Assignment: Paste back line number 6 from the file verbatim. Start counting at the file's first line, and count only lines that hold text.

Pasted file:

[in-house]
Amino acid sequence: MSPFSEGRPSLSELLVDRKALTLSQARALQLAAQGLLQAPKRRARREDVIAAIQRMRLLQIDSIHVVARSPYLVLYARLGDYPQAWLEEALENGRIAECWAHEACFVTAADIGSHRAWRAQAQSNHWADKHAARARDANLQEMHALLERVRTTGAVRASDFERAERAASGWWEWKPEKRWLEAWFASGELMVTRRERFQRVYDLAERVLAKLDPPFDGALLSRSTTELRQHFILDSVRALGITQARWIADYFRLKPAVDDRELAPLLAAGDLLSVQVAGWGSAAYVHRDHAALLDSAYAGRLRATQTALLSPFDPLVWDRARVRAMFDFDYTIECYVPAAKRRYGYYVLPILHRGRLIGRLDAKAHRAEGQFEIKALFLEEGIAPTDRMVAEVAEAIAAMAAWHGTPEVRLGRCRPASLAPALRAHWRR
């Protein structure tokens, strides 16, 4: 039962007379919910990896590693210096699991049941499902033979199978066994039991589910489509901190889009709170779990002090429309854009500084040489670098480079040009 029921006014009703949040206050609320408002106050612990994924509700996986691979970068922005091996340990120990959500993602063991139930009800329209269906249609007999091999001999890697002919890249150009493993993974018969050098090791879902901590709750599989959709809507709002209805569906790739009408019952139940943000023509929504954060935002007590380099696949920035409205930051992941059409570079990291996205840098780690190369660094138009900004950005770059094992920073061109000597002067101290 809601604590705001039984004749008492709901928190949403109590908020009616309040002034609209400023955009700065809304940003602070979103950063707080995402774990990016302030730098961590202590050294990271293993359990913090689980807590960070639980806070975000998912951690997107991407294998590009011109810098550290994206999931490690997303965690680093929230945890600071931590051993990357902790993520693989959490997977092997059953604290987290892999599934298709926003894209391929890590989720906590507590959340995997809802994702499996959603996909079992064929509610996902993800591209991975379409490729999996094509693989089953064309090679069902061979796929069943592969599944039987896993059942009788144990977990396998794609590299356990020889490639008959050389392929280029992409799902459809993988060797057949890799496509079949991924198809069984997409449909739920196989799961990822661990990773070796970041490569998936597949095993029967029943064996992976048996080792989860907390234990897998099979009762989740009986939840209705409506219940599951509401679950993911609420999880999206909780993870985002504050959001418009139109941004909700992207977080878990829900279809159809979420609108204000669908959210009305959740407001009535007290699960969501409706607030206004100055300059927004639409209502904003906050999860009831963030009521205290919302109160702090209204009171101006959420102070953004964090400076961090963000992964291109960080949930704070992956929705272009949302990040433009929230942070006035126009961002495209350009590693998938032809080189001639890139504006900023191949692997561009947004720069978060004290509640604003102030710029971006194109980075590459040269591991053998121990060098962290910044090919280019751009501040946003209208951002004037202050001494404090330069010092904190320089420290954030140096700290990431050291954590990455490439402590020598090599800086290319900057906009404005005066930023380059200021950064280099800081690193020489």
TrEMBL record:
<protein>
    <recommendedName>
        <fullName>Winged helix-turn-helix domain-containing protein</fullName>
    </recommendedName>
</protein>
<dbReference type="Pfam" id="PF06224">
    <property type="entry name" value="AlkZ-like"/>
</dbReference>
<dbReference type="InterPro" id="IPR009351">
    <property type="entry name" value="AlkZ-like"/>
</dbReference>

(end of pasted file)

    <recommendedName>